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Bengals lose Season Opener, 12-7

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And that, ladies and gentlemen, is what happens when you let a team hang around instead of putting them away.

For three and a half quarters the Cincinnati Bengals did a great job doing everything but putting points on the scoreboard. The offensive line kept Carson's jersey clean nearly all game. Antwan Odom had two of the Bengals' three sacks, which means he's one sack away from his season total a year ago. There was near-constant pressure on Kyle Orton all day, with numerous passes tipped by the defensive line (one by Odom, one by Michael Johnson that I saw). The running game was far more effective than it was last year. There were several mistakes along the way, leading to one play with a half minute remaining that punched every Bengals fan in the world right in the gut.

Hit the jump for the highs and lows.

The Bengals held the football for nearly seven minutes longer than the Broncos held the ball. Time of possession was 33:27 Bengals, 26:33 Broncos.

At halftime, Quan Cosby had more yards returning punts than the Broncos had on offense.

Cedric Benson had 3.6 YPC, 76 yards on 21 attempts with a long of 20.

Chad Ochocinco had five receptions for 89 yards with a long of 34. He was beastly.

The Bengals' offense didn't put the ball on the ground once (though Carson had two picks credited).

Keith Rivers nearly knocked Eddie Royal into next week.

The Bengals had sixteen first downs to the Broncos' ten.

The last offensive drive of the game for the Bengals was a thing of beauty, reminiscent of the 2005 offense. Unstoppable.

After a few early miscues, the Bengals were largely penalty-free only drawing four flags to Denver's six.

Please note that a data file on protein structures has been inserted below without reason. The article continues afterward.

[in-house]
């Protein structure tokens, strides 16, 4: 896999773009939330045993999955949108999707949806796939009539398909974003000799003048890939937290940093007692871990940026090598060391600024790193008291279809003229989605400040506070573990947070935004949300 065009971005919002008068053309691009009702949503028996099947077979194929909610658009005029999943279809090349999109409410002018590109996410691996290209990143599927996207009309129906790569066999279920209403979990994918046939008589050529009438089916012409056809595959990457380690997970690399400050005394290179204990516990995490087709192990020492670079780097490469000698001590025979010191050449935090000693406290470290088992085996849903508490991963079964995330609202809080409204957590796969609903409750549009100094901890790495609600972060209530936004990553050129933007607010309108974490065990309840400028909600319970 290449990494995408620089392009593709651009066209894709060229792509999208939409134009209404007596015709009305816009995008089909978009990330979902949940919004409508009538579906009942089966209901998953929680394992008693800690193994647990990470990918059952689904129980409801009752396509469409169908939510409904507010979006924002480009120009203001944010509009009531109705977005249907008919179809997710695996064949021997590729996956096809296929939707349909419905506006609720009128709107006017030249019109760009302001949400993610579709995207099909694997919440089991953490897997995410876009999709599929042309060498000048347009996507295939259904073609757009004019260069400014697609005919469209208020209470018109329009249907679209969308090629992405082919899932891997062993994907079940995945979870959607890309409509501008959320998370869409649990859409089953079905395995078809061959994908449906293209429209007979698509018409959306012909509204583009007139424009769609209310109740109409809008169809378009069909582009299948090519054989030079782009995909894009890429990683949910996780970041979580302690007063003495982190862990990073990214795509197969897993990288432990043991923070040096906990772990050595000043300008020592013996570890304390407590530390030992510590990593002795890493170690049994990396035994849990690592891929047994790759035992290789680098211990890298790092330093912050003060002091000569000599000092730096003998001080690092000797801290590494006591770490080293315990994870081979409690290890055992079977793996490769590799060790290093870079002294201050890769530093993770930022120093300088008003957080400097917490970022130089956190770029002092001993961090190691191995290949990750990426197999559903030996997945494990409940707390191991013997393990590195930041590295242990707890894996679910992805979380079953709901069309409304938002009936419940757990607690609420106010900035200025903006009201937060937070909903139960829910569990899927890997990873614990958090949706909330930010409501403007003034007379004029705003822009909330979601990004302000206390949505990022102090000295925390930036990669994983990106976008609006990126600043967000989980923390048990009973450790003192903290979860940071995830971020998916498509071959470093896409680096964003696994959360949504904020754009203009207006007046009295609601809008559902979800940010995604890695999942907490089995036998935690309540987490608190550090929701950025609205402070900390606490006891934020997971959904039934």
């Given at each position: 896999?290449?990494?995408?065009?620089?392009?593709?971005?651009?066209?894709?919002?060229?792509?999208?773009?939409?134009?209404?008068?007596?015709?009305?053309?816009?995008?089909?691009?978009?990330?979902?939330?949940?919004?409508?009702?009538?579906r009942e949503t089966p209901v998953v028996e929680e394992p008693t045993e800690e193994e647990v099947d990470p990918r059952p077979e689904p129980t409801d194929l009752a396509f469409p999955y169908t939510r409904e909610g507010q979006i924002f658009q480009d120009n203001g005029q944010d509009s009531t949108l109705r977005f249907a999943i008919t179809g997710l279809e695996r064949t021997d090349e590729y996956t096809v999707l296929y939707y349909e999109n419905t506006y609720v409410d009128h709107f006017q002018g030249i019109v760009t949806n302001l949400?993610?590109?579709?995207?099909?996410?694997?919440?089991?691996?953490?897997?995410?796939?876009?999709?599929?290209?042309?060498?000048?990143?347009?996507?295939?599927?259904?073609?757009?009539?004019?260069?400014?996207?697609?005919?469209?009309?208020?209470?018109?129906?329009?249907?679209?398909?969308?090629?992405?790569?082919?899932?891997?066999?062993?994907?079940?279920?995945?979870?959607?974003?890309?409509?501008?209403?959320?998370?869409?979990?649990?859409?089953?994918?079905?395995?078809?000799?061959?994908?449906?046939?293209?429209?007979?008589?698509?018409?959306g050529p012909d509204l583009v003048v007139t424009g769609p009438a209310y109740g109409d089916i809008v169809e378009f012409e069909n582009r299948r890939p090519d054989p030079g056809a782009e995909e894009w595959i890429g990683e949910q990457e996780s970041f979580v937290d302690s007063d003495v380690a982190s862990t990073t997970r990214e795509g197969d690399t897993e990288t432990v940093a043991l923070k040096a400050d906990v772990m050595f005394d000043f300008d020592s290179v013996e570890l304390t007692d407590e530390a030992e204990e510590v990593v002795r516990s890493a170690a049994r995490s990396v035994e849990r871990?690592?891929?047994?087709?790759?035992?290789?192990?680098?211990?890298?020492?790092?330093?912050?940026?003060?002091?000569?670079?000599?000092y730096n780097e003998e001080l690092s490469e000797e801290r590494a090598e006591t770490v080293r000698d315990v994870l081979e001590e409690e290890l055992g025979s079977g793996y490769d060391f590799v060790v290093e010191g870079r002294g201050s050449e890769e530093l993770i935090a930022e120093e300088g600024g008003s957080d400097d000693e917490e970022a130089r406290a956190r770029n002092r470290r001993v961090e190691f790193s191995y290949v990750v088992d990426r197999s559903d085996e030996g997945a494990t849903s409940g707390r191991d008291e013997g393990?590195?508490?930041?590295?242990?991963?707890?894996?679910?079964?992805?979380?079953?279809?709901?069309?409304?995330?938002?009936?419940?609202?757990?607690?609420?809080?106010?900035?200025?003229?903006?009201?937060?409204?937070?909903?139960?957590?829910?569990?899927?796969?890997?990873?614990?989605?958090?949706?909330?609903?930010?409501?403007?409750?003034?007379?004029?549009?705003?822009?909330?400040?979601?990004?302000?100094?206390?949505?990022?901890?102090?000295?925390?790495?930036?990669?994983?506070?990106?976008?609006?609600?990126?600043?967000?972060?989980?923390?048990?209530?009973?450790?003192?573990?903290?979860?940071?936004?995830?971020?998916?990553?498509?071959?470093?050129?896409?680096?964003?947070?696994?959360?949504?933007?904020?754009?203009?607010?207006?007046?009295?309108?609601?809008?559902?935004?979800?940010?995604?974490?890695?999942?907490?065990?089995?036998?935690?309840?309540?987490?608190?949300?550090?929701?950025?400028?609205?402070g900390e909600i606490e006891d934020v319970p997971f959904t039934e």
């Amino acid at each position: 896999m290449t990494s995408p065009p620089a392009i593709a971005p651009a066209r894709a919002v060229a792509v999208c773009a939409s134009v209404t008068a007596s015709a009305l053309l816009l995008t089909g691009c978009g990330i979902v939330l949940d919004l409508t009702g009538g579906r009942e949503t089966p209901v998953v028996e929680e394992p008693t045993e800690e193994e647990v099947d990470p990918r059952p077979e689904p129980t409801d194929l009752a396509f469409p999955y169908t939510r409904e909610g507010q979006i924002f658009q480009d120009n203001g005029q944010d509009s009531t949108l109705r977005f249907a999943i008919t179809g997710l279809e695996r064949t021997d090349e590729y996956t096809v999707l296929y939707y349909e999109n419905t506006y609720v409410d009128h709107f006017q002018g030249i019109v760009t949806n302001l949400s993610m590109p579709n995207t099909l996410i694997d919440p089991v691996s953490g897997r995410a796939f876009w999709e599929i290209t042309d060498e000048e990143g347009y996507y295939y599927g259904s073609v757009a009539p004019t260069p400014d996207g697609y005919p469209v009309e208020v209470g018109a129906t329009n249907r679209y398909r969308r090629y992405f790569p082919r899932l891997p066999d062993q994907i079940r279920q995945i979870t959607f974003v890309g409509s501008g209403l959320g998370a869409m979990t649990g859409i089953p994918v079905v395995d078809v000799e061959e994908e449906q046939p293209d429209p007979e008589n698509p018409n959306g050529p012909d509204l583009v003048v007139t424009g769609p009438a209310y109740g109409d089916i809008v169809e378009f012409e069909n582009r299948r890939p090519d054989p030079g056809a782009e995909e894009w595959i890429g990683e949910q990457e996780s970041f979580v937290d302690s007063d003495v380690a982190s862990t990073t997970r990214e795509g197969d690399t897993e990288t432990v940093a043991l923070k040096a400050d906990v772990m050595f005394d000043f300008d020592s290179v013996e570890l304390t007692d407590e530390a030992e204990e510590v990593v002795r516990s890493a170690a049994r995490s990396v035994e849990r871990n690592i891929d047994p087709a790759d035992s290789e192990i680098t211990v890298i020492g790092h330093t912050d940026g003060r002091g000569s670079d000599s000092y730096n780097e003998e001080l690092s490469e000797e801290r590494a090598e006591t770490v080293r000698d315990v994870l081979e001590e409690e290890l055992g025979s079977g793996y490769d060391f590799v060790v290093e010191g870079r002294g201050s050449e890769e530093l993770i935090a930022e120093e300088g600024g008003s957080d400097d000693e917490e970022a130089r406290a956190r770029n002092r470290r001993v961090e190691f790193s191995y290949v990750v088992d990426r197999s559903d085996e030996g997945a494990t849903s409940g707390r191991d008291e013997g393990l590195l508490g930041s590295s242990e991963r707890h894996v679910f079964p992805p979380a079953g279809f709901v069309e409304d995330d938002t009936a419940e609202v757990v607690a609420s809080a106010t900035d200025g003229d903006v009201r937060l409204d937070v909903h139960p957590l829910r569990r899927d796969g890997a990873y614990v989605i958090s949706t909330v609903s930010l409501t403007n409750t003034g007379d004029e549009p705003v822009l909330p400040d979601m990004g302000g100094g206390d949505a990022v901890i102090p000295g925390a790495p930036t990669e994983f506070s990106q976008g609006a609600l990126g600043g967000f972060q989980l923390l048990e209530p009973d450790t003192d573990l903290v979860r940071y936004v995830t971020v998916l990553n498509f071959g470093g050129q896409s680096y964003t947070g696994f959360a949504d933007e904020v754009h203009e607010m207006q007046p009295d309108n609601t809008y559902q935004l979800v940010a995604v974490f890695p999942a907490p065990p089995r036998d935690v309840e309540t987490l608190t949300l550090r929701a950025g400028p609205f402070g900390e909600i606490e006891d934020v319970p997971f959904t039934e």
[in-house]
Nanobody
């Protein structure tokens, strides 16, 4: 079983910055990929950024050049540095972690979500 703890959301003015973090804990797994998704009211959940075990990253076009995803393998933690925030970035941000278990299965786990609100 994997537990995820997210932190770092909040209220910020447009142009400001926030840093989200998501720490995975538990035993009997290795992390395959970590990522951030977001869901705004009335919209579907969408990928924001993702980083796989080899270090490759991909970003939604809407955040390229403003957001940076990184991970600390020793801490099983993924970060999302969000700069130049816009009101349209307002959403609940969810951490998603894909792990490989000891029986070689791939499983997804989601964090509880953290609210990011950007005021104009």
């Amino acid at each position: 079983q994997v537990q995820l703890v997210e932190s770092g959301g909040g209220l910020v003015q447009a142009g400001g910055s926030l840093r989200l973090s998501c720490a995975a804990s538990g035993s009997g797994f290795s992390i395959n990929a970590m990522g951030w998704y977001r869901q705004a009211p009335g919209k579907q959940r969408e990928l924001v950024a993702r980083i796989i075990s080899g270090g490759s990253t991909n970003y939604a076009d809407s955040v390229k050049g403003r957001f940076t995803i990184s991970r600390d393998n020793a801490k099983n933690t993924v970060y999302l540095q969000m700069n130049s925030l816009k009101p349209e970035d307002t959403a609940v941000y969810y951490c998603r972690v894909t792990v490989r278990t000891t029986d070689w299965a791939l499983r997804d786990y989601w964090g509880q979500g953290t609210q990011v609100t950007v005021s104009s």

You'll notice me changing gears now.

The Bengals had no less than six drops, Laveranues Coles dropping three all by himself.

The offensive playcalling was as stale and predictable as ever, save for the fake punt direct snap to Brian Leonard. Watching the final drive, there is absolutely no excuse for the offensive stalling we saw for three and a half quarters. I appreciate the dedication to running the ball, but Mister Bratkowski seems to forget at times that he has one of the more dynamic passing attacks in football when he tries to establish the run. He just never goes back to the pass.

After a full half of dominating both sides of the line of scrimmage, no points were on the board and Cincinnati goes into the locker room down 3-0. Did anyone think that good adjustments were going to be made, and the obvious question long have you been watching the Bengals if you did?

There were a couple of times that blitzes and stunts absolutely embarassed the protection. Collins got beat like a drum on the consecutive sacks on Palmer, as did Ced Benson who ate turf when he tried to take on a blitzer.

Brad St. Louis seems to have a knack for miscuing at the wrong times. Granted, any miscue could be construed as being at the "wrong time," but blowing the first scoring opportunity of the season doesn't set a good tone. Plus, if I could have reached through the screen and punched Shannon Sharpe in the lip I would have. "Ah, those funny Bengals" was in no fashion what I would expect an professional sportscaster to say at any time. Perhaps that doesn't apply in this case.

Time after time, the Bengals' defense (which was quite impressive, though the Broncos of 9/13/2009 aren't exactly potent anymore) put the offense in a position to put points on the board. Time after time the Bengals' offense blew it and Kevin Huber got the ball again.

Once again ladies, gentlemen, Bengals players and offensive coordinator: This is what happens when you let teams hang around rather than stepping on their necks and taking advantage when you are clearly the superior team. You proved you were superior by forcing the Broncos into three-and-out after three-and-out while driving the field very well...between the 20's. The problem lies in botched field goals and dropped passes that kill drives. The problem lies in overpursuit in search of the big hit that allows the man you should be covering to catch a tipped ball and run it the remainder of the 87 yards standing between your opponents' loss in thirty-eight seconds and a crazy, unexpected mark in your "L" column.

Let's work on it, boys. You've finally got some swagger, let's see you start putting teams away when you have the chance. If you don't, we're going to see Santonio Holmes streaking into the end zone to knock you out of the playoffs or Brandon Stokely being in the right place at the right time to catch a tipped ball and start your Cincinnati Bengals off 0-1.

Until next week I remain,

A Pragmatic Bengals Fan